Is California Too Big to Fail?

So what about California?  A reader asks.  Ummm, that's a tough one.  No, wait, it's not:  California is completely, totally, irreparably hosed.  And not a little garden hose.  More like this.  Their outflow is bigger than their inflow.  You can blame Republicans who won't pass a budget, or Democrats who spend every single cent of tax money that comes in during the booms, borrow some more, and then act all surprised when revenues, in a totally unprecedented, inexplicable, and unforeseaable chain of events, fall during a recession.  You can blame the initiative process, and the uneducated voters who try to vote themselves rich by picking their own pockets.  Whoever is to blame, the state was bound to go broke one day, and hey, today's that day!

There is a surprisingly sizeable blogger contingent arguing that we have to bail them out because however regrettable the events that lead here, we now have no choice.  But actually, we do have a choice:  we could let them go bankrupt.  And we probably should.

I am not under the illusion that this will be fun.  For starters, the rest of you sitting smugly out there in your snug homes, preparing to enjoy the spectacle, should prepare to enjoy the higher taxes you're going to pay as a result.  Your states and municipalities will pay higher interest on their bonds if California is allowed to default.  Also, the default is going to result in a great deal of personal misery, more than a little of which is going to end up on the books of Federal unemployment insurance and other such programs.

Then there are the actual people involved.  Whatever you think of, say, children who decided to be born poor, right now they are dependent on government programs, and will be put in danger if those programs are interrupted.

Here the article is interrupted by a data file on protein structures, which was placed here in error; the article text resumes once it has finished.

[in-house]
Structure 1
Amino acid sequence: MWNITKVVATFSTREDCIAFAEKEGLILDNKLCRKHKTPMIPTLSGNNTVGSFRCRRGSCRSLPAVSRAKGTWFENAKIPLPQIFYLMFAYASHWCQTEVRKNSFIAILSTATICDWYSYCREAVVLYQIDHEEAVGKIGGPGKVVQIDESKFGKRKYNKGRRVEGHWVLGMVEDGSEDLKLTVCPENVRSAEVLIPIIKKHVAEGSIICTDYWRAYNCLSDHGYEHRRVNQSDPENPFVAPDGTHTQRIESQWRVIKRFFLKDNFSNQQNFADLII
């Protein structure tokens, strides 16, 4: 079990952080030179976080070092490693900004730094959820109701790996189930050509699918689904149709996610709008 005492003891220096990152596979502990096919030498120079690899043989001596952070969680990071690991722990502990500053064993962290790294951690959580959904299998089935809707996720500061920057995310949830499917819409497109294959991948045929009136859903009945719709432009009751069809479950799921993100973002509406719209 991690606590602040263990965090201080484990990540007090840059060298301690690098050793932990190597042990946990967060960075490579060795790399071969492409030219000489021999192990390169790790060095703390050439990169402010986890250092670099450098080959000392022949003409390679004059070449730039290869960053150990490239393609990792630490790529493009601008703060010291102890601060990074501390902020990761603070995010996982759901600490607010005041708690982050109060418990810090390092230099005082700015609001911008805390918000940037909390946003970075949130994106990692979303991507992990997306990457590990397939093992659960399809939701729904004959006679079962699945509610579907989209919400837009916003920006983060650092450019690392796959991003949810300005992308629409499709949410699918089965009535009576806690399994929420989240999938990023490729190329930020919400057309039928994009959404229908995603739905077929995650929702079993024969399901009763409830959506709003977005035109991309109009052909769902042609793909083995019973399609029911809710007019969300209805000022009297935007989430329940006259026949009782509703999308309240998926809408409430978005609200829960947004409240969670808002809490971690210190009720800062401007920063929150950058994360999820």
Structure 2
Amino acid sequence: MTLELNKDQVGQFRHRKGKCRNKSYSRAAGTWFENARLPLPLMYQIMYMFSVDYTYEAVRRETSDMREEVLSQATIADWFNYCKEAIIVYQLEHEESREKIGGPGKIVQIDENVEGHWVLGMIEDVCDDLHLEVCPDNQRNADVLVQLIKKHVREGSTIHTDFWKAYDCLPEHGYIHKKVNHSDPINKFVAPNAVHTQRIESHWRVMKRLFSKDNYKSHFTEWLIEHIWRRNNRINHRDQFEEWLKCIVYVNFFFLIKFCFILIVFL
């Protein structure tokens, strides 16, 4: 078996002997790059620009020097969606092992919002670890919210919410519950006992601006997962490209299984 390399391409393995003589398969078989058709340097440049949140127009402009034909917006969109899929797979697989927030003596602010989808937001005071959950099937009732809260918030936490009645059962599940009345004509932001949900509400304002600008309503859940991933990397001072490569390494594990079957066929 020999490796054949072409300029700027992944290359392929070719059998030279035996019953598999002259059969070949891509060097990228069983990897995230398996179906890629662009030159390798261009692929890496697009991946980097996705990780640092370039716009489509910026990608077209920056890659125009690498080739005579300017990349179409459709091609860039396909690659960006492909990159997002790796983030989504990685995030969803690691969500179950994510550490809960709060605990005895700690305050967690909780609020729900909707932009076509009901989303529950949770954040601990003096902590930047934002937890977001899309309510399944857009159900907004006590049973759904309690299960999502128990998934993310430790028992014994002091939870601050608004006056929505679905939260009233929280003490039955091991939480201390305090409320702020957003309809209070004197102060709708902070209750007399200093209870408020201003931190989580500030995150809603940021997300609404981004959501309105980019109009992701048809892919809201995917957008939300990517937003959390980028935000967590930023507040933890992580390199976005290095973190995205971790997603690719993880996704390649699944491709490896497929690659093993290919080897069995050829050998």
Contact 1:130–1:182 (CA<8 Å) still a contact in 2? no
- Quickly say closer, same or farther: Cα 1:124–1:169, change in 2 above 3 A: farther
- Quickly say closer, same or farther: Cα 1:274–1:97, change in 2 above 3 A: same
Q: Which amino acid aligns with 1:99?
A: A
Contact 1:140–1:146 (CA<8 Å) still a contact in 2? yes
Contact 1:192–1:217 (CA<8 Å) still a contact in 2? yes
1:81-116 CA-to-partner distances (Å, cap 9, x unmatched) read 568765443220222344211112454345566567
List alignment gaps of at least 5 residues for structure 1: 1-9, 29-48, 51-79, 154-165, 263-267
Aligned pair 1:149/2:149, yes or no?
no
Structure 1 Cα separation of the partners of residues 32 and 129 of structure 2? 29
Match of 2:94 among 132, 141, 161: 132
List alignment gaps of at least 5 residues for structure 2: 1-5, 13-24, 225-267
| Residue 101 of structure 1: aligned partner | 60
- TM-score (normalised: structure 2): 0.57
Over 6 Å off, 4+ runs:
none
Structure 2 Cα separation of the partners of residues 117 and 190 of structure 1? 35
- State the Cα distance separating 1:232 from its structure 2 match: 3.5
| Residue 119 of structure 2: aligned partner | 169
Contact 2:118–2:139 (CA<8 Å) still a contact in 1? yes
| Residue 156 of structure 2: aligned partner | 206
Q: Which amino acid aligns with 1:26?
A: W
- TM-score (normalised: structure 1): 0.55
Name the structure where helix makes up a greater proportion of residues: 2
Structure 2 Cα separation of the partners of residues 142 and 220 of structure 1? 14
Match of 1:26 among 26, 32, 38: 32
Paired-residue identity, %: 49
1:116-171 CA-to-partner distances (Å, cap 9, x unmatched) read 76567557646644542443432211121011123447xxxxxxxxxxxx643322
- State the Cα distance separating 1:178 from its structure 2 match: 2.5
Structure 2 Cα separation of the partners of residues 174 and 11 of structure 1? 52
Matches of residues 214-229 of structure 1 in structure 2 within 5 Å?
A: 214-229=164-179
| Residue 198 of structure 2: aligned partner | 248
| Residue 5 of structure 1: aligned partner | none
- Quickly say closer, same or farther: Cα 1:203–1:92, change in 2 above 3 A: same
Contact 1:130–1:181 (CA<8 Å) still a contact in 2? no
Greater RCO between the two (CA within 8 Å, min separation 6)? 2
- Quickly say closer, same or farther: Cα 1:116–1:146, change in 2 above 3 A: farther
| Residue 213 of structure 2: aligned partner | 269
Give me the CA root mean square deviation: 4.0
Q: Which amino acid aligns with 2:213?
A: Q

On the other hand, I don't really see another way out of it.  If Uncle Sugar bails out California, California will not fix its problems.  Perhaps you want Obama to make it fix the problems, using the same competence, power, and can-do spirit with which he has repaired all the holes in the banking and auto manufacturing sectors.  But Obma is not in a good position to do this.  California Democrats are a huge part of his governing coalition.  All Obama can do is shovel money into the bottomless pit of California's political system.

Moreover, even if the administration could fix any of the core problems of California--and New York--and the banks--and the automakers--and the energy industry--they can't fix them all.  Especially given how thinly staffed Treasury is.  The president and his cabinet only have so much attention, more than all of which seems to be occupied by the problems already on their plate.  They don't really have the time, knowledge, energy, or staff to take on running a whole 'nother government.

California will go bankrupt, muni and state debt will spike, the federal government will backstop humanitarian programs and very possibly all state and local debt, and eventually, California will figure out whether it wants higher taxes or lower spending.  But we will not actually make the world a better place by enabling the lunatics in Sacramento to pretend they can have both.

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Megan McArdle is a columnist at Bloomberg View and a former senior editor at The Atlantic. Her new book is The Up Side of Down.

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